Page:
Survival, treatment regimens and medical costs of women newly diagnosed with metastatic triple-negative breast cancer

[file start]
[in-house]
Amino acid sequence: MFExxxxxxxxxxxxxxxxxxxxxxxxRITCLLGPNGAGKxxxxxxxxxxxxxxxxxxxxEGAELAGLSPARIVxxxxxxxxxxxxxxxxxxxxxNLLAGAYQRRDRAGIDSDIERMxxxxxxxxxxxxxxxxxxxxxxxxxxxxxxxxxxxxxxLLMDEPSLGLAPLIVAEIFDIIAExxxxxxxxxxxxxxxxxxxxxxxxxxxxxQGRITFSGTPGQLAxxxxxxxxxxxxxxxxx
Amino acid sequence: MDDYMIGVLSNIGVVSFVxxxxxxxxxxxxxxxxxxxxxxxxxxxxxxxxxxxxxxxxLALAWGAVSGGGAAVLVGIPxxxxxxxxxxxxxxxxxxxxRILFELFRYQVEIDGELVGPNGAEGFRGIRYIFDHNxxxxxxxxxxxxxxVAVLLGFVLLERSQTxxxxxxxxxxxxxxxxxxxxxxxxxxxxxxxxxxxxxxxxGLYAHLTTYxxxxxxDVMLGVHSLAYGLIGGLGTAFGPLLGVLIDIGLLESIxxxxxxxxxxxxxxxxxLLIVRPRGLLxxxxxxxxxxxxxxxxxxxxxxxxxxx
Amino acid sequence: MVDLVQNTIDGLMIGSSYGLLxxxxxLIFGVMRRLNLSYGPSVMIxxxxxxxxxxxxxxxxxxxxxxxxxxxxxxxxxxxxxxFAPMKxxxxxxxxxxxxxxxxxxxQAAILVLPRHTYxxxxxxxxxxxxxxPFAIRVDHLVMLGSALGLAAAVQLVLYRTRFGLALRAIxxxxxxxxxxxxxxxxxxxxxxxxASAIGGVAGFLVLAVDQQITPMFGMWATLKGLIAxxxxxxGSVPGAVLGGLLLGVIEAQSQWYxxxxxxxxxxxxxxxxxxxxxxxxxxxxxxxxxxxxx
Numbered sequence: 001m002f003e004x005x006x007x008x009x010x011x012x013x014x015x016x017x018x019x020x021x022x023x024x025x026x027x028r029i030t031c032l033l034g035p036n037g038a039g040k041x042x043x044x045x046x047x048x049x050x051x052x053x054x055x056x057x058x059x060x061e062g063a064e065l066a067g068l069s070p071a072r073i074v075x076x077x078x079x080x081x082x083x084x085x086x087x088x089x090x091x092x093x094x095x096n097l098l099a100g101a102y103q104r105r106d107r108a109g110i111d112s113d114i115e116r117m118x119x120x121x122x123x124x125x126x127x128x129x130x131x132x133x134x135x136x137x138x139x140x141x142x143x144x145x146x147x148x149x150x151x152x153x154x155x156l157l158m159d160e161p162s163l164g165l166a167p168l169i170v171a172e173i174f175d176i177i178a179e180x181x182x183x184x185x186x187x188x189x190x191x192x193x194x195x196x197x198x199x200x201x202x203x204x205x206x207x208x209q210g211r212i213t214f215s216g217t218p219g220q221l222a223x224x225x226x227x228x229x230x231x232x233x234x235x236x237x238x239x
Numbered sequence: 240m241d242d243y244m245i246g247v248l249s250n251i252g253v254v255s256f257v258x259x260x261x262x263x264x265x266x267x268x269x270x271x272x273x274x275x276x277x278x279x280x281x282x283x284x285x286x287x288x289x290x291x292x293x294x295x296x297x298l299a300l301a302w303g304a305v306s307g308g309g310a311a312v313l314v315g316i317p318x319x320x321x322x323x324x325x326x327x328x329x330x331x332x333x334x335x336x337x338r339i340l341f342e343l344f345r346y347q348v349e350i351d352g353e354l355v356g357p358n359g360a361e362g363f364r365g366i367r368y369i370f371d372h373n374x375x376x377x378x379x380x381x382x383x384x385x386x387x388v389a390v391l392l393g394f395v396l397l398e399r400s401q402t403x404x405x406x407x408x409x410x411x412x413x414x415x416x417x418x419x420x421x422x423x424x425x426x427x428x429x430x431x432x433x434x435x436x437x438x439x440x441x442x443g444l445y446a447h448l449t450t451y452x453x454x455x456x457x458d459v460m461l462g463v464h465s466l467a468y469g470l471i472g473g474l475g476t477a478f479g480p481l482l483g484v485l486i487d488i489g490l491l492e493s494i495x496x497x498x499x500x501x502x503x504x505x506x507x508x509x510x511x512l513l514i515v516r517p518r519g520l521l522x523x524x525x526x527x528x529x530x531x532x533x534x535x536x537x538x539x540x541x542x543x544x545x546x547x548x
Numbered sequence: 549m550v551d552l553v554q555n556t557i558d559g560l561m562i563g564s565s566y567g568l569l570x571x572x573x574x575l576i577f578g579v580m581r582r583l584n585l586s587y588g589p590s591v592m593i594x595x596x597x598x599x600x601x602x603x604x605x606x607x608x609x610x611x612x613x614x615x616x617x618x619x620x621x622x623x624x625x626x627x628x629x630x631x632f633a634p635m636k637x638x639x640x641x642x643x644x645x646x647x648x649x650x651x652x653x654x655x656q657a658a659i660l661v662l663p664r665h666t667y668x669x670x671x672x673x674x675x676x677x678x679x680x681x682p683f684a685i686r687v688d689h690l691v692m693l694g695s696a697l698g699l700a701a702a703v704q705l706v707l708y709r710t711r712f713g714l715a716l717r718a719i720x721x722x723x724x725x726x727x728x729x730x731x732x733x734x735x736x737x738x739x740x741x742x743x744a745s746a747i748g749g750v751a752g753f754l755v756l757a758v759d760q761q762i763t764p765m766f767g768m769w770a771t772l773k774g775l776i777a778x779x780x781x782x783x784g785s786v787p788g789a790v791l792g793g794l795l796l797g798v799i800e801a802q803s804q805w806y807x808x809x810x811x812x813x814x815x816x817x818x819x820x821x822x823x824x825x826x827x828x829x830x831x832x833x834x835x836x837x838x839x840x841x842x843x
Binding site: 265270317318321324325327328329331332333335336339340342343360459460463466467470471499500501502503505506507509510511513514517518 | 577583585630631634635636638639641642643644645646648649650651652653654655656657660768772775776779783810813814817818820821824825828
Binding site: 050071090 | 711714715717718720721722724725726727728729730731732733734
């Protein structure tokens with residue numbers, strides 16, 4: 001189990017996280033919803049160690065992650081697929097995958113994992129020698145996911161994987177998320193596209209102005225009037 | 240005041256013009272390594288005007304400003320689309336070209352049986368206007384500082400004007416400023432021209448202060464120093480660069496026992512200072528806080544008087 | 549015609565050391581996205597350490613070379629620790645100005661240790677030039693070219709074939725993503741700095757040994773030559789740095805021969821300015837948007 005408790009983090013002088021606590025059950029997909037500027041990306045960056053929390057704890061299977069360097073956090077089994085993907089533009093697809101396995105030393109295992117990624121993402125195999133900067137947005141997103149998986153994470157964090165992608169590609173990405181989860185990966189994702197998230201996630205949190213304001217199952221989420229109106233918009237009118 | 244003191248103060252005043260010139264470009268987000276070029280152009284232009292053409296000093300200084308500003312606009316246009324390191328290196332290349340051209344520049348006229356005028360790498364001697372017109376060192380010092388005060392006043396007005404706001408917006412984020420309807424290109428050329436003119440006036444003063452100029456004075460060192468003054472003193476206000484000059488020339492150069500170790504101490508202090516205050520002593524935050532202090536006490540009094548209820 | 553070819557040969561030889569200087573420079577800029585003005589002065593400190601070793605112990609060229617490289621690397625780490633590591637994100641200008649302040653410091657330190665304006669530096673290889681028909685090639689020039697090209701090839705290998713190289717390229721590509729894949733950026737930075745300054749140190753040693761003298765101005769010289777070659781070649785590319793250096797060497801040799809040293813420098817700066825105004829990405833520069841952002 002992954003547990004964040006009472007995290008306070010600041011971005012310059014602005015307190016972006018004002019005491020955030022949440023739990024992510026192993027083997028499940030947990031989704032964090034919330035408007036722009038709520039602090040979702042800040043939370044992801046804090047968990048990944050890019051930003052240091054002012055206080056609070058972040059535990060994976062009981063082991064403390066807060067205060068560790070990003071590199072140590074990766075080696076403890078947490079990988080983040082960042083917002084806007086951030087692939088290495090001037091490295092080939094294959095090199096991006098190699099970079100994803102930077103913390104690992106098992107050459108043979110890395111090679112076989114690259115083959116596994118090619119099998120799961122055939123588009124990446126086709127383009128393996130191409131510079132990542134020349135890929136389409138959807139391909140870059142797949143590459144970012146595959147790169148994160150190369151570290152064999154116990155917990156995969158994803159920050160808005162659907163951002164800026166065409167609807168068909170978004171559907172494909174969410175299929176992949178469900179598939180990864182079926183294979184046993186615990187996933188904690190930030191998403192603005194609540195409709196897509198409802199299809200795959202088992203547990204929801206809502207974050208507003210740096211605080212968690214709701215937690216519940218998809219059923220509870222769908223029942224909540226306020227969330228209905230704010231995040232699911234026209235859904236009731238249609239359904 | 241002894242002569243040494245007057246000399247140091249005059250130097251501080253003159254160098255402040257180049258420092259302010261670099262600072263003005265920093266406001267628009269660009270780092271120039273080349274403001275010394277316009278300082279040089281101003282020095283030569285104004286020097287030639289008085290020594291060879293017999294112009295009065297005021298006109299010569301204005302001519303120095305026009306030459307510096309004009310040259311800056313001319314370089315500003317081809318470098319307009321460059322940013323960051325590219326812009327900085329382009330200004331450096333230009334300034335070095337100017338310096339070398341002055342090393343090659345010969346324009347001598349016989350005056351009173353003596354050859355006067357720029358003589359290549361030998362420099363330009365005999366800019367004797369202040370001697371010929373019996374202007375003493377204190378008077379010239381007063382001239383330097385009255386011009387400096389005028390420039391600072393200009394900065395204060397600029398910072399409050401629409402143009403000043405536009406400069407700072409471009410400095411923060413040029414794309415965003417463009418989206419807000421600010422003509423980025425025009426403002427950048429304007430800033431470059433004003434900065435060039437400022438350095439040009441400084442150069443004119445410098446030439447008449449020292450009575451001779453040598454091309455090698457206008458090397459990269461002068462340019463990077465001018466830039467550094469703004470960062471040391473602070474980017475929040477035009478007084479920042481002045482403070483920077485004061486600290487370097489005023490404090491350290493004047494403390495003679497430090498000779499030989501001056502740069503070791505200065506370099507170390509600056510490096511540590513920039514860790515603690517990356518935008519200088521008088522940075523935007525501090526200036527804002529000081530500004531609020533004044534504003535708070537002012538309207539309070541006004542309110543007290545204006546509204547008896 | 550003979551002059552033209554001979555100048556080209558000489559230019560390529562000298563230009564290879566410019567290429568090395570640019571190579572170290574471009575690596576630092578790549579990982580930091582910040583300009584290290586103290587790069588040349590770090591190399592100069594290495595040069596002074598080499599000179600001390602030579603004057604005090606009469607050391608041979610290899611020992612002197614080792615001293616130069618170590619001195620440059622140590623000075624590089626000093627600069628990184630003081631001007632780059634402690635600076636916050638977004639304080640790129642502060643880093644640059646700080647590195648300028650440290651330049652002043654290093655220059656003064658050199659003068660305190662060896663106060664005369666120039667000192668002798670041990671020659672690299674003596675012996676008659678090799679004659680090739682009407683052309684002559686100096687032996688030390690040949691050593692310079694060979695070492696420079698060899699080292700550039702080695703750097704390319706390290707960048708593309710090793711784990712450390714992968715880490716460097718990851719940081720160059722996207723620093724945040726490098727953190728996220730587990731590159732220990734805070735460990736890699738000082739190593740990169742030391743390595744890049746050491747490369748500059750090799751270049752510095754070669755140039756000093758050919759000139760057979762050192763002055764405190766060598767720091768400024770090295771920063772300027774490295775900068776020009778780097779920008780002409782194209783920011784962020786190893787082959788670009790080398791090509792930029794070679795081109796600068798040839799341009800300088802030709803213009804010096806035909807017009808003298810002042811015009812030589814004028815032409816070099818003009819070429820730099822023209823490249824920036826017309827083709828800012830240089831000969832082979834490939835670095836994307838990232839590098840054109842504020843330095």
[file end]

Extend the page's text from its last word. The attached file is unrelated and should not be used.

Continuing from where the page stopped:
AbstractIndividuals diagnosed with metastatic triple-negative breast cancer (mTNBC) suffer worse survival rates than their metastatic non-TNBC counterparts. There is little information on survival, treatment patterns, and medical costs of mTNBC patients in Asia. Therefore, this study aimed to examine 5-year survival, regimens of first-line systemic therapy, and healthcare costs of mTNBC patients in Taiwan. Adult females newly diagnosed with TNBC and non-TNBC as well as their survival data, treatment regimens and costs of health services were identified and retrieved from the Cancer Registry database, Death Registry database, and National Health Insurance (NHI) claims database. A total of 9691 (19.27%) women were identified as TNBC among overall BC. The 5-year overall survival rate of TNBC and non-TNBC was 81.28% and 86.50%, respectively, and that of mTNBC and metastatic non-TNBC was 10.81% and 33.46%, respectively. The majority of mTNBC patients received combination therapy as their first-line treatment (78.14%). The 5-year total cost in patients with metastatic non-TNBC and with mTNBC was NTD1,808,693 and NTD803,445, respectively. Higher CCI scores were associated with an increased risk of death and lower probability of receiving combination chemotherapy. Older age was associated with lower 5-year medical costs. In sum, mTNBC patients suffered from poorer survival and incurred lower medical costs than their metastatic non-TNBC counterparts. Future research will be needed when there are more treatment options available for mTNBC patients.